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US Air Force Pilots To Receive Advanced Adversary Training With The Help Of Ex-Israeli Air Force F-16 Fighters

The US Air Force fighter pilots are set to receive advanced adversary air training with the help of a fleet of 29 ex-Israeli Air Force General Dynamics F-16A jets. 

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On September 12, 2022, Canadian company Top Aces, which offers air combat training, announced that it had been chosen to train fighter pilots for the US Air Force (USAF) as part of the USAF Combat Air Force Contracted Air Support program. 

Top Aces is the first commercial firm in the world to operate the F-16 Fighter fleet. The company is also the only commercial provider to conduct contractual air training for the USAF using the supersonic F-16 platform. 

Under the latest five-year deal worth $175 million, Top Aces will offer advanced adversary air training to pilots at Eglin Air Force Base (Eglin AFB) in Florida and Luke Air Force Base (Luke AFB) in Arizona.

In a statement, the Canada-based company said it would start training next month to support USAF’s F-35A and F-22 fleets. This five-year contract will greatly improve the training of fifth-generation combat pilots. 

The F-16 Advanced Aggressor Fighter (AAF) integrates “a unique open-architecture mission system, including an AESA (Advanced Electronically Scanned Array), helmet-mounted tracking and aiming systems, a tactical data link system, and high off-line-of-sight missile capabilities.”

(Photo: Top Aces Corp.)

“With our fleet of F-16 AAFs, we deliver a caliber of adversary air training that was previously non-existent. Our commitment is to deliver professional excellence and significant cost efficiencies,” said Russ Quinn, President of Top Aces. 

On August 16, the company also announced that it had received Military Flight Release (MFR) from the USAF for their F-16 AAF aircraft. MFR enables Top Aces’ F-16 AAFs, the most sophisticated adversary air platform on the market today, to begin assisting USAF pilot training programs immediately.

The F-16 AAF is outfitted with Top Aces’ proprietary Advanced Aggressor Mission System (AAMS), which simulates near-peer opposition fighter aircraft. AAMS’s open system architecture enables the quick addition of sensors and services to match growing opponent threats.

These F-16s sold by the Israeli government to Top Aces were originally supplied to Israel in the 1980s and participated in the First Lebanon War as well as air battles against the Syrian Air Force. They also participated in Operation Opera, which effectively destroyed Saddam Hussein’s Osirak nuclear reactor in Iraq in 1981.

Top Aces Growing Success 

Top Aces was one of seven companies given contracts for $6.4 billion to offer adversary air services (ADAIR), or realistic training, to the USAF in October 2019. It recently merged with Blue Air Training, another Las Vegas-based training firm.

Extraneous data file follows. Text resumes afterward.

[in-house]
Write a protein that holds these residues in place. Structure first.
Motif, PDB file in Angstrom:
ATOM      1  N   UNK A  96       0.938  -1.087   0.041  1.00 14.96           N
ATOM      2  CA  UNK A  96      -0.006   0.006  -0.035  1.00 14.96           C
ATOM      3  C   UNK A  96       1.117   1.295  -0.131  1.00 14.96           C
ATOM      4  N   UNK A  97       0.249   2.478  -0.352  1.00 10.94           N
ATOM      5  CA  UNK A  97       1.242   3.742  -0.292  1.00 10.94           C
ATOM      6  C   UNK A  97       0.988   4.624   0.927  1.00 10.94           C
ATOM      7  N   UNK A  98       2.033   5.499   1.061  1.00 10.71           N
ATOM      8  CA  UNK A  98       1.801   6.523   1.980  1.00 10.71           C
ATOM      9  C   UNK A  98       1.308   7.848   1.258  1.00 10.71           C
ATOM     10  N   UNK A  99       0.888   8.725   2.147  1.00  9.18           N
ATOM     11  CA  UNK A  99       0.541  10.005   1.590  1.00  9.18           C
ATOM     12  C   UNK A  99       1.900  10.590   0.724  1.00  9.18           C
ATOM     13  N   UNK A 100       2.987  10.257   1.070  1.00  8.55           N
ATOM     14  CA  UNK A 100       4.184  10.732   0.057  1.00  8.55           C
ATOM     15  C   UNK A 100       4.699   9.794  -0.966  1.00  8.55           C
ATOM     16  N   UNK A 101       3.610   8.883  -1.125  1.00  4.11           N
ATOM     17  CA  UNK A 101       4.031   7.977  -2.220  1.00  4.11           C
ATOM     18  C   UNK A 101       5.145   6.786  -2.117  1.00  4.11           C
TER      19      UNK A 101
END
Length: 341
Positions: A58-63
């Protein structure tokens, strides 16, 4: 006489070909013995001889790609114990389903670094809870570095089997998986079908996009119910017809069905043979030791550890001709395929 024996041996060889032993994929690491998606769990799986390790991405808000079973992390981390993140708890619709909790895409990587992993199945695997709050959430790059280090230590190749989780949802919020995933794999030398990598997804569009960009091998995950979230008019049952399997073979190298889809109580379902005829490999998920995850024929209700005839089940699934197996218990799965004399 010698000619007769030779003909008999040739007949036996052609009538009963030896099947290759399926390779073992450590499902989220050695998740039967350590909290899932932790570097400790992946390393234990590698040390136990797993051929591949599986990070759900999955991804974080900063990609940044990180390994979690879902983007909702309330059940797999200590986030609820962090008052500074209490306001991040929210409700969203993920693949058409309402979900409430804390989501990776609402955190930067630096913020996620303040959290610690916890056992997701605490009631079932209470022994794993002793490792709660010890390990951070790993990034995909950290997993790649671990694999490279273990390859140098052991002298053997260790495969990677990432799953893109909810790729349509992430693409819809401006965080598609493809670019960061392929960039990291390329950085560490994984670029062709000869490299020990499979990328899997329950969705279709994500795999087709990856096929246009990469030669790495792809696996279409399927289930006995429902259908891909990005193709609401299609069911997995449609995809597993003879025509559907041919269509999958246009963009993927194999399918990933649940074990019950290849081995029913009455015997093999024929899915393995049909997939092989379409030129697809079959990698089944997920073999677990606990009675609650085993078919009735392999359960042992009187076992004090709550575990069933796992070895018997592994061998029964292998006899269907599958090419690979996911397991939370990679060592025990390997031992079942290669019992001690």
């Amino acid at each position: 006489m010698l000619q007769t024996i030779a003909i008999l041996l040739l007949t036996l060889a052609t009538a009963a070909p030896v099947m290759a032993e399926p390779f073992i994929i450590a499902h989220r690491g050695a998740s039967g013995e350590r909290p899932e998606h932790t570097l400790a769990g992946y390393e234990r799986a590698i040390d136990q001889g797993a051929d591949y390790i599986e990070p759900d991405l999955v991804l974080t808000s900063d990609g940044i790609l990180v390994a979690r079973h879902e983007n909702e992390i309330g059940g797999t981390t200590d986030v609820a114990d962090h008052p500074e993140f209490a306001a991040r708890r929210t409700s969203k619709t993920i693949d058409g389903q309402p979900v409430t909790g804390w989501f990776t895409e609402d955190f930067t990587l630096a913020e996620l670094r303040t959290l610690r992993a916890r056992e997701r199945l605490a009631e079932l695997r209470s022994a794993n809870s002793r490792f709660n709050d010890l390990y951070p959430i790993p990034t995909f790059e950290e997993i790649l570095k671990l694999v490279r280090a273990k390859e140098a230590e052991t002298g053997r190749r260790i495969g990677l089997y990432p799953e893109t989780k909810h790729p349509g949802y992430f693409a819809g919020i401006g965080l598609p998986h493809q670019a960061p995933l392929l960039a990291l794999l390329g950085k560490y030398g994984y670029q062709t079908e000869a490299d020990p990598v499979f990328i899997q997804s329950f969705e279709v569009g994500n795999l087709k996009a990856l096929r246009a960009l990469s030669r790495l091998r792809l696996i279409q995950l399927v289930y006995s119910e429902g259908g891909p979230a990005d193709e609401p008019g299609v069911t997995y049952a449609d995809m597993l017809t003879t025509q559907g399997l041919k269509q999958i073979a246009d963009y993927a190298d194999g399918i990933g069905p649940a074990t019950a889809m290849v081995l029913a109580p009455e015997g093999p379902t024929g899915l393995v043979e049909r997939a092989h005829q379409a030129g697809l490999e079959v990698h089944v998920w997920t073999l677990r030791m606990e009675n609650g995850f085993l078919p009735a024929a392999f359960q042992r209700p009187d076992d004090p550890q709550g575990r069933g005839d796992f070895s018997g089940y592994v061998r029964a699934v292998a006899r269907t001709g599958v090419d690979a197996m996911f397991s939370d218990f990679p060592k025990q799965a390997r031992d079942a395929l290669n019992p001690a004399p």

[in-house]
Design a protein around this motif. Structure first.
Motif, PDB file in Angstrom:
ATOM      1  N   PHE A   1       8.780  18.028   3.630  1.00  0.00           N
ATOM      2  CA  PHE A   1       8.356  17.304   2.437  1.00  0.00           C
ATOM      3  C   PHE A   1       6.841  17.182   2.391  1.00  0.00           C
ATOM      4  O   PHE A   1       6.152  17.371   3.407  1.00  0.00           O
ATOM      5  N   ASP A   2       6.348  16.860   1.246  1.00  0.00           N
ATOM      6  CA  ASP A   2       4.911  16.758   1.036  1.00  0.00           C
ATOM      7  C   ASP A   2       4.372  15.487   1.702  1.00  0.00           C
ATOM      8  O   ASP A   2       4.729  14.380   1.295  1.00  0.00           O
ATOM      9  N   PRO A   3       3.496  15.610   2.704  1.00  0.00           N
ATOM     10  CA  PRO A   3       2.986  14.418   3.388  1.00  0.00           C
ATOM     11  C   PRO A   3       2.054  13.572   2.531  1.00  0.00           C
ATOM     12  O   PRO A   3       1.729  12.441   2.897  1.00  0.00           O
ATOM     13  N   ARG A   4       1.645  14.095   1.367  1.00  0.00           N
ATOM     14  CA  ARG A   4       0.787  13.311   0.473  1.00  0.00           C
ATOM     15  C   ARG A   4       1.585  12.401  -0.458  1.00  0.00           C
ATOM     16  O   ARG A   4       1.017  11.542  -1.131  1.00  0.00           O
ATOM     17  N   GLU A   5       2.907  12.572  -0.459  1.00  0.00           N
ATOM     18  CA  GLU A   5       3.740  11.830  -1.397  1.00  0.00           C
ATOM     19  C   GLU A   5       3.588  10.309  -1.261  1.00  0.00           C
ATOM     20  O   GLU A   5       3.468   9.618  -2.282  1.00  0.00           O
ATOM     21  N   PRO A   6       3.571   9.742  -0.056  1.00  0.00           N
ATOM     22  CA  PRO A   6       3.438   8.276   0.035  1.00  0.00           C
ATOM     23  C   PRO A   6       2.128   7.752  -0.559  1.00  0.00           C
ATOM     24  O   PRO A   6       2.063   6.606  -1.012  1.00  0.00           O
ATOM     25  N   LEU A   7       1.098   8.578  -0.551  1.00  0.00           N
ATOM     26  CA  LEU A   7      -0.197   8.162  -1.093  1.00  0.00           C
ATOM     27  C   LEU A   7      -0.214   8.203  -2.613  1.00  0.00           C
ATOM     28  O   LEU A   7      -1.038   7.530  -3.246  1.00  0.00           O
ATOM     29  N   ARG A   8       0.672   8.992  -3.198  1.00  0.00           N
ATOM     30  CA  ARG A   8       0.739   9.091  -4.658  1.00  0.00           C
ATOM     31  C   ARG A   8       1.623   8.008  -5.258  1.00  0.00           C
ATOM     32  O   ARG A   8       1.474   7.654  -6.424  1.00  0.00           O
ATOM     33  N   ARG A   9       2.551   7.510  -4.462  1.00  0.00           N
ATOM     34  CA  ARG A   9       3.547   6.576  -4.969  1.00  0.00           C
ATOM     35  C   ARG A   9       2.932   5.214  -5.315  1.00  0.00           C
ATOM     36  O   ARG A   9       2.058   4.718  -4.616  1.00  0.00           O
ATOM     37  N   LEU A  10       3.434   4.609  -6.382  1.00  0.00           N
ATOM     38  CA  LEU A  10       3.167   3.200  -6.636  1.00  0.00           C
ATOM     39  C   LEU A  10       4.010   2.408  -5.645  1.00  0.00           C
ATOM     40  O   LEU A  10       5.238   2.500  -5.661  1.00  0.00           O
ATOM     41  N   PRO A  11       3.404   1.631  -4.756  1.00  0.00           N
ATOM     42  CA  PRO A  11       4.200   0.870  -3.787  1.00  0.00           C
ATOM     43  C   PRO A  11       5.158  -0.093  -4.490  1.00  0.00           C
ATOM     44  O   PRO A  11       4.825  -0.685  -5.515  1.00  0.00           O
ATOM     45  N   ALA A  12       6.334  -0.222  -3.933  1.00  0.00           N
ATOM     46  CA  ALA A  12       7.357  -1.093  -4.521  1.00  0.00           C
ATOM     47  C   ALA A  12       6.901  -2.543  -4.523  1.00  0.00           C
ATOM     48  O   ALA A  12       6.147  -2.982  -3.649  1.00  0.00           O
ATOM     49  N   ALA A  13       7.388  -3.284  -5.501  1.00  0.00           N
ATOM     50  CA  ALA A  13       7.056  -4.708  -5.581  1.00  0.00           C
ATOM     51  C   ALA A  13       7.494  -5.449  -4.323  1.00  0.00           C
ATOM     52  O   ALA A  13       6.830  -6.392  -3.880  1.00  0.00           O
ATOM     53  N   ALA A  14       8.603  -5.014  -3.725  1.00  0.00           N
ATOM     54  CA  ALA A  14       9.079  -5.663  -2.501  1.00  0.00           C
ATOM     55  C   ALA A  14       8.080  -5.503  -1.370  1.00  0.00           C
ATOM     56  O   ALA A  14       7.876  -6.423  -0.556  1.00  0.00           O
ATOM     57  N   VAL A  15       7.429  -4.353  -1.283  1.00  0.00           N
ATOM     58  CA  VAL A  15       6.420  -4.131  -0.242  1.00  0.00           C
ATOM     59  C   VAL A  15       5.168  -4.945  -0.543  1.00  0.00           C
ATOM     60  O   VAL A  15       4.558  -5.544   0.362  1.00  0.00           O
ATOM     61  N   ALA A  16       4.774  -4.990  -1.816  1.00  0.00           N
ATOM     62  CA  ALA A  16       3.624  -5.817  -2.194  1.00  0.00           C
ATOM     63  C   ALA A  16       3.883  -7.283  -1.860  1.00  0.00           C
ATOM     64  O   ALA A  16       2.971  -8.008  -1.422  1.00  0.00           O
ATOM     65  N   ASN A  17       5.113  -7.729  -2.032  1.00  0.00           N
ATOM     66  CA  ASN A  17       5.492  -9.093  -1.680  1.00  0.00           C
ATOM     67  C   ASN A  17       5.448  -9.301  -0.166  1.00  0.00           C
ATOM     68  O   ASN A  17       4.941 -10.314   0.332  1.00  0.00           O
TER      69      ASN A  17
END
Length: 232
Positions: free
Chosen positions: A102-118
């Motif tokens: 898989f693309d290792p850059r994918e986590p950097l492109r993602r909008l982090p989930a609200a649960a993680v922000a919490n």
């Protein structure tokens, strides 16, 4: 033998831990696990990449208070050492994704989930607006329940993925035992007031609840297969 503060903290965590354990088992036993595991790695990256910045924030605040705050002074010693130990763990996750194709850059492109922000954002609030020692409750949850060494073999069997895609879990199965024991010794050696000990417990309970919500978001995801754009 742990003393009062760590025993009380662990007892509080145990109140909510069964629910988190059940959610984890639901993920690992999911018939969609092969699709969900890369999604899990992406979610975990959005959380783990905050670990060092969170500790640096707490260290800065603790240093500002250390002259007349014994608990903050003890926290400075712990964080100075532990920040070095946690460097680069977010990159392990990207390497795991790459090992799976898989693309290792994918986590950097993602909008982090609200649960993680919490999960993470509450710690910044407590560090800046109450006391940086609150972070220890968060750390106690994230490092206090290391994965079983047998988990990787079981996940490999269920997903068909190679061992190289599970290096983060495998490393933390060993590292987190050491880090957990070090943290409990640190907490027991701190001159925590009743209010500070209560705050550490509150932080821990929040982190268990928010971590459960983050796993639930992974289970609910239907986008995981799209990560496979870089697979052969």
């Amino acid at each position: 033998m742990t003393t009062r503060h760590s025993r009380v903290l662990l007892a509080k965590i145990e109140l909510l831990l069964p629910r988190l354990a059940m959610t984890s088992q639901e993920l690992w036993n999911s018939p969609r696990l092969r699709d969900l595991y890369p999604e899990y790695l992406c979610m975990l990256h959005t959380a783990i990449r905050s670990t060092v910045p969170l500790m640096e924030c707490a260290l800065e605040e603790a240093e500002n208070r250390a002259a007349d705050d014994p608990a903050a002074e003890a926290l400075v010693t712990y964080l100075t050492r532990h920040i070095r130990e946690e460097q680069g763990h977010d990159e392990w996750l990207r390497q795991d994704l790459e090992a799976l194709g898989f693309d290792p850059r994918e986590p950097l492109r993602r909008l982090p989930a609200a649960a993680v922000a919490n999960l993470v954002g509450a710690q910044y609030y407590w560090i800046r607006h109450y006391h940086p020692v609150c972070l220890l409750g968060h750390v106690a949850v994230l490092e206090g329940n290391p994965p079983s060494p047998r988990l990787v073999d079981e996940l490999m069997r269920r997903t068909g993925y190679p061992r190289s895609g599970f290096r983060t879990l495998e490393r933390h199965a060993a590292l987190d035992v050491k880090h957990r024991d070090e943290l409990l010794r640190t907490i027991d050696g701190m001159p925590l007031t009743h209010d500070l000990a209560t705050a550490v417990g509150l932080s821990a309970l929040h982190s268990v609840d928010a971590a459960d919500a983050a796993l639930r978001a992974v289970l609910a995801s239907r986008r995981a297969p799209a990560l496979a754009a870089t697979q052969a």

“To provide effective training to pilots flying fifth-generation fighters – such as the F-22 or F-35 – we must match the capabilities of near-peer adversary fighter aircraft,” explained Quinn, a 26-year USAF veteran and former Aggressor pilot, in an earlier statement. 

The company claims that by integrating the F-16’s power and avionics with AAMS, it can reproduce modern opponent threats with accuracy and cost-efficiency. After MFR, Top Aces is now approved to provide the most advanced training solution available to the USAF.

Top Aces, a pioneer in adversary air training, has provided more than 100,000 accident-free flight hours over the last 17 years. The collaboration is said to offer USAF pilots an unprecedented opportunity to train with a team of experts that includes the nation’s most seasoned former Aggressor pilots and tactical controllers.

Top Aces F-16 Fighter

“Top Aces’ cadre of highly-experienced Aggressor pilots and maintenance crews looks forward to supporting Luke and Eglin to fulfill their advanced combat training needs,” says Quinn.

“With our fleet of F-16 AAFs, we deliver a caliber of adversary air training that was previously non-existent. Our commitment is to deliver professional excellence and significant cost efficiencies,” he added. 

It is anticipated that the program’s success will eventually open doors for Top Aces in the US Air Force, Australia, Germany, and other European nations. Additionally, the market is expected to expand as more nations upgrade their fourth-generation combat fleets and purchase new fifth-generation ones. 

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However, in recent months, the United States Air Force (USAF) has highlighted concerns about third-generation fighters’ capacity to effectively simulate the threats it expects to encounter in future battles.

LGen David Nahom, deputy chief of staff for Air Combat Command (ACC) plans and programs, testified before the Senate Armed Services Committee in May that older generation contracted aircraft are insufficient in “the high-end training environment,” such as F-35 training at Nellis Air Force Base, Nevada, where the USAF currently runs an elite weapons school and conducts complex Red Flag exercises. 

“What they provide is not giving us what we need,” said Nahom. Nevertheless, the business is making significant investments to make sure the program can adapt to the capabilities of a more sophisticated aircraft.

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